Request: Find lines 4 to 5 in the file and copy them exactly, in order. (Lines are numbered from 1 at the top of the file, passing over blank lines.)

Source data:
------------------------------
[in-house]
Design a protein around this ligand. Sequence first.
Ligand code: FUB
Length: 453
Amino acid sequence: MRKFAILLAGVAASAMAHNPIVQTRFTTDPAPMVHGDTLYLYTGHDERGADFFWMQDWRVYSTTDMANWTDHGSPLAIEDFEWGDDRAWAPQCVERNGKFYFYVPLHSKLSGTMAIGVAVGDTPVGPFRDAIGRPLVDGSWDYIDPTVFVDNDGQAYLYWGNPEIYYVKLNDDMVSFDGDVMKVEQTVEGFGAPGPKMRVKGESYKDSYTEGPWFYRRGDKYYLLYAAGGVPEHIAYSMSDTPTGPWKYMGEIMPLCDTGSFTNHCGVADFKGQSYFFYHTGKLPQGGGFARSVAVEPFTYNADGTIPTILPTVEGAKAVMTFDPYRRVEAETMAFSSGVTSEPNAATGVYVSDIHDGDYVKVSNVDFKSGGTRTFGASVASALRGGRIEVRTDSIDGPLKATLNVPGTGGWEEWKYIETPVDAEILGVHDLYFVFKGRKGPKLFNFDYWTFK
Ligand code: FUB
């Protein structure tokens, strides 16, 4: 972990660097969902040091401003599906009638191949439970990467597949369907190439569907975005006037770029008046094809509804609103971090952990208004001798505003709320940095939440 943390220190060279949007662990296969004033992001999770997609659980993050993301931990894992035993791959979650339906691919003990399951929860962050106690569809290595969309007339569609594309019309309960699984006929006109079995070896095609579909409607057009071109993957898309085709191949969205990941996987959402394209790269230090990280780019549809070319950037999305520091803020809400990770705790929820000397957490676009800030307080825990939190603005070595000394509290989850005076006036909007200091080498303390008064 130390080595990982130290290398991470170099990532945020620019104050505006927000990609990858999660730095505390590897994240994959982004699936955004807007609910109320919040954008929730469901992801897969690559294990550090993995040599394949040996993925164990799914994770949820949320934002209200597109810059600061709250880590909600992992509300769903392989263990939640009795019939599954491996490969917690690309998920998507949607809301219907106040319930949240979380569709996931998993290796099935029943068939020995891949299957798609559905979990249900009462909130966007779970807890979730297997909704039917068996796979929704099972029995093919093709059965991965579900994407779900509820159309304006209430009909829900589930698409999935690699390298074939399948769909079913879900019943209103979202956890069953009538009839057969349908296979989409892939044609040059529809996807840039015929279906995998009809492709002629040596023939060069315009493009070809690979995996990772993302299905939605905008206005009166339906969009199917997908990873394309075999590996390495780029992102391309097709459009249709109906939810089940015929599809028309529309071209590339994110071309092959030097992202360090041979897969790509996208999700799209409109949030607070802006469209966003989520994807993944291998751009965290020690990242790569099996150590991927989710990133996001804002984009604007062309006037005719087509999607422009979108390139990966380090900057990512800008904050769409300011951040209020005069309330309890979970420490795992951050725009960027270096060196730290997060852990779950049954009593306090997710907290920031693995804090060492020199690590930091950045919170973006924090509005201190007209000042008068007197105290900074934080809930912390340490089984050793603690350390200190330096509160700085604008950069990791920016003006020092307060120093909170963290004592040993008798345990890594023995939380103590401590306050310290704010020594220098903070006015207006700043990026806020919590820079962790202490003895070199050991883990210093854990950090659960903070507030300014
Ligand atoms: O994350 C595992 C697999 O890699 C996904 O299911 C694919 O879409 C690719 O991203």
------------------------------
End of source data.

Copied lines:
Length: 453
Amino acid sequence: MRKFAILLAGVAASAMAHNPIVQTRFTTDPAPMVHGDTLYLYTGHDERGADFFWMQDWRVYSTTDMANWTDHGSPLAIEDFEWGDDRAWAPQCVERNGKFYFYVPLHSKLSGTMAIGVAVGDTPVGPFRDAIGRPLVDGSWDYIDPTVFVDNDGQAYLYWGNPEIYYVKLNDDMVSFDGDVMKVEQTVEGFGAPGPKMRVKGESYKDSYTEGPWFYRRGDKYYLLYAAGGVPEHIAYSMSDTPTGPWKYMGEIMPLCDTGSFTNHCGVADFKGQSYFFYHTGKLPQGGGFARSVAVEPFTYNADGTIPTILPTVEGAKAVMTFDPYRRVEAETMAFSSGVTSEPNAATGVYVSDIHDGDYVKVSNVDFKSGGTRTFGASVASALRGGRIEVRTDSIDGPLKATLNVPGTGGWEEWKYIETPVDAEILGVHDLYFVFKGRKGPKLFNFDYWTFK